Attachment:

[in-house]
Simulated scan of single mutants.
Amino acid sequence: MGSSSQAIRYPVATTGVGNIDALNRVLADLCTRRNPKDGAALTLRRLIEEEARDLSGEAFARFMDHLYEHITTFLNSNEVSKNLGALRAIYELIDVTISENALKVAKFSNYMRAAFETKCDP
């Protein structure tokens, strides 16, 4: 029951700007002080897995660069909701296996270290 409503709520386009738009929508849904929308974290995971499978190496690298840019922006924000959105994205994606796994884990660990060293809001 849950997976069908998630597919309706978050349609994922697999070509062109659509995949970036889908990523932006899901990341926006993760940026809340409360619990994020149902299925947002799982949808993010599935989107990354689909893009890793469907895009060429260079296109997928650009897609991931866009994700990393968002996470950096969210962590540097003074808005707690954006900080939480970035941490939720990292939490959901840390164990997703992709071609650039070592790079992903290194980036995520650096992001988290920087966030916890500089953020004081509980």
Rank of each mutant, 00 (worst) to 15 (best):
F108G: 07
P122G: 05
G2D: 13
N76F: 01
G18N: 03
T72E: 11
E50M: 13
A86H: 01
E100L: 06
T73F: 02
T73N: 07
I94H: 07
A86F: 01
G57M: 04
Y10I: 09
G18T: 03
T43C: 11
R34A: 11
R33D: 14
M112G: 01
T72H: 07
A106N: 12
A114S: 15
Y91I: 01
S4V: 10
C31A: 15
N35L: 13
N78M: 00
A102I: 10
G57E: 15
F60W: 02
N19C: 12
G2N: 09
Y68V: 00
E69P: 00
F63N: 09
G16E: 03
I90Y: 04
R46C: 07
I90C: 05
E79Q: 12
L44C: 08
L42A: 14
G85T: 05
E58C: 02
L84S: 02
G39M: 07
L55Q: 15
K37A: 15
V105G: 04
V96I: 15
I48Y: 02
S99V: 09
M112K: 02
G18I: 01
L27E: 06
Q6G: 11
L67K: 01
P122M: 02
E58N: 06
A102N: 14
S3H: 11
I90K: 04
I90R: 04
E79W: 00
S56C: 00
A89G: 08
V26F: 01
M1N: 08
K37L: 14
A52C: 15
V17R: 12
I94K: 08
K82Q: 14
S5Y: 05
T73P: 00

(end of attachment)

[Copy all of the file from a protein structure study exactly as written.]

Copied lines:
[in-house]
Simulated scan of single mutants.
Amino acid sequence: MGSSSQAIRYPVATTGVGNIDALNRVLADLCTRRNPKDGAALTLRRLIEEEARDLSGEAFARFMDHLYEHITTFLNSNEVSKNLGALRAIYELIDVTISENALKVAKFSNYMRAAFETKCDP
């Protein structure tokens, strides 16, 4: 029951700007002080897995660069909701296996270290 409503709520386009738009929508849904929308974290995971499978190496690298840019922006924000959105994205994606796994884990660990060293809001 849950997976069908998630597919309706978050349609994922697999070509062109659509995949970036889908990523932006899901990341926006993760940026809340409360619990994020149902299925947002799982949808993010599935989107990354689909893009890793469907895009060429260079296109997928650009897609991931866009994700990393968002996470950096969210962590540097003074808005707690954006900080939480970035941490939720990292939490959901840390164990997703992709071609650039070592790079992903290194980036995520650096992001988290920087966030916890500089953020004081509980």
Rank of each mutant, 00 (worst) to 15 (best):
F108G: 07
P122G: 05
G2D: 13
N76F: 01
G18N: 03
T72E: 11
E50M: 13
A86H: 01
E100L: 06
T73F: 02
T73N: 07
I94H: 07
A86F: 01
G57M: 04
Y10I: 09
G18T: 03
T43C: 11
R34A: 11
R33D: 14
M112G: 01
T72H: 07
A106N: 12
A114S: 15
Y91I: 01
S4V: 10
C31A: 15
N35L: 13
N78M: 00
A102I: 10
G57E: 15
F60W: 02
N19C: 12
G2N: 09
Y68V: 00
E69P: 00
F63N: 09
G16E: 03
I90Y: 04
R46C: 07
I90C: 05
E79Q: 12
L44C: 08
L42A: 14
G85T: 05
E58C: 02
L84S: 02
G39M: 07
L55Q: 15
K37A: 15
V105G: 04
V96I: 15
I48Y: 02
S99V: 09
M112K: 02
G18I: 01
L27E: 06
Q6G: 11
L67K: 01
P122M: 02
E58N: 06
A102N: 14
S3H: 11
I90K: 04
I90R: 04
E79W: 00
S56C: 00
A89G: 08
V26F: 01
M1N: 08
K37L: 14
A52C: 15
V17R: 12
I94K: 08
K82Q: 14
S5Y: 05
T73P: 00